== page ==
Some good quotes lifted from an excellent article…for me this was the linchpin: "…with sufficient cultural expertise to understand the problems in the region and allow for effective plans and policies to be developed that are informed by cultural awareness and understanding…. An investment should be made in developing younger “north Korea-hands” to be ready to deal with the aftermath of the Kim Family Regime. A competent staff and organization of experts cannot be created rapidly after the crisis occurs. A ROK-US “north Korean- hands” program should be established immediately to develop the expertise that will be required among ROK and US military and civilian security practitioners before the crisis occurs. These north Korean Hands need to be from across the professional spectrum and assist in the development of policy and strategy as well as the development of the campaign plan to deal with collapse." We have enormous number of Korean American professional stateside who would probably jump at the chance to make a difference. Cultural fluency is the key, imho; and you either have it or you don’t and when you don’t it hurts. Excellent post.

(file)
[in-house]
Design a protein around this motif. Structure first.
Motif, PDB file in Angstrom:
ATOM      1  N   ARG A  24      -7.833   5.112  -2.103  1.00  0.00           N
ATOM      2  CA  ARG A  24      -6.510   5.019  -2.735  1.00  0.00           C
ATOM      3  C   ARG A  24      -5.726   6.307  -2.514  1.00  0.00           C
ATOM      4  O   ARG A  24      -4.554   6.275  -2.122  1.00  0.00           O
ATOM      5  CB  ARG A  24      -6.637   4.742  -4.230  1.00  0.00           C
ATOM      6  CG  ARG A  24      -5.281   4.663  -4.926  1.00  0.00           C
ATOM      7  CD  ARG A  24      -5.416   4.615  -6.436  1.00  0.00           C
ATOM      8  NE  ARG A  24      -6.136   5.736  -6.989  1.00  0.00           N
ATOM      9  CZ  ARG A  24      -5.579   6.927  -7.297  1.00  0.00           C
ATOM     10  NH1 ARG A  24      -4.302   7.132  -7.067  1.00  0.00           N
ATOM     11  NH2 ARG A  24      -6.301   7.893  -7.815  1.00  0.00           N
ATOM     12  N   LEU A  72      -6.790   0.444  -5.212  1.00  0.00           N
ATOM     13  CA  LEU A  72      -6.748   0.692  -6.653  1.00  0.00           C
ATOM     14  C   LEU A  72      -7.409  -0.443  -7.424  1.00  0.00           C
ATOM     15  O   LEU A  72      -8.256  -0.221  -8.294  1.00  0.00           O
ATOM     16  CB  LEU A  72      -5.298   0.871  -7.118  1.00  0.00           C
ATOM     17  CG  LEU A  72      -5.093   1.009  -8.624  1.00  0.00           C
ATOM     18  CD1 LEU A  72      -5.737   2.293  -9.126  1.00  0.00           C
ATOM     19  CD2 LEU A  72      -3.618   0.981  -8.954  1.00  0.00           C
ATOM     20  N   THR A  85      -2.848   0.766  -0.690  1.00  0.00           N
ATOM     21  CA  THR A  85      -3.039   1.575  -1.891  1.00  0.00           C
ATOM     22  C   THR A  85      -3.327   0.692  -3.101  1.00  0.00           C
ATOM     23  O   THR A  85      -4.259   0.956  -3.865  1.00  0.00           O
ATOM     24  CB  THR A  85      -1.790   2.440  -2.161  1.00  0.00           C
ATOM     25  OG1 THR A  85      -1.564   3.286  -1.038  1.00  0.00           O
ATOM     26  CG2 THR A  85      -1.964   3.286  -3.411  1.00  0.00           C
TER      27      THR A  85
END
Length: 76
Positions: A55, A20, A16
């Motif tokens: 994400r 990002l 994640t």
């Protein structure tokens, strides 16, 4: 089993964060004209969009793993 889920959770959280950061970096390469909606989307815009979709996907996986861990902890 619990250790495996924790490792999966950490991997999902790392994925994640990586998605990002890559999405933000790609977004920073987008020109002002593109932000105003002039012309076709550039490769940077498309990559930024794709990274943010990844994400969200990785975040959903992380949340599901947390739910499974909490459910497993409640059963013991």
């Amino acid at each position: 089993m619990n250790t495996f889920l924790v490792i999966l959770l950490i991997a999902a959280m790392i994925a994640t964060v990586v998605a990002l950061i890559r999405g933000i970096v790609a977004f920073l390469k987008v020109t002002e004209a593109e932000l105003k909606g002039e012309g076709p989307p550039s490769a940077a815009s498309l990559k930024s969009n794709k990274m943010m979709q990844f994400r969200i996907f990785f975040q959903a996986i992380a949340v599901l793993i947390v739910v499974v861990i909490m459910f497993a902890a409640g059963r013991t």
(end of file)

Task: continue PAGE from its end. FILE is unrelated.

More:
10. Phil Ridderhof Says:

    As I commented over at SWJ, I think we may be assuming a lot in our alignment with the ROK and our (the US) actual influence on what will occur in the case of a North Korean occupation, whether in a post-conflict scenario or internal collapse (although those two scenarios will likely drive very different situations).     The argument can be made that the ROK will see actions on newly occupied Northern territory as an internal matter (a unified Korea), and not an international problem. While China might accept a unified Korea, it’s doubtful they would do so if it meant US troops in the north.    It’s hard to make predictions, but I think we need focus more on influencing how the ROK plans to handle the problem, rather than how we think we need to deal with the North Koreans—that is very different from the directive approaches we’ve been able to take in Iraq or Afghanistan.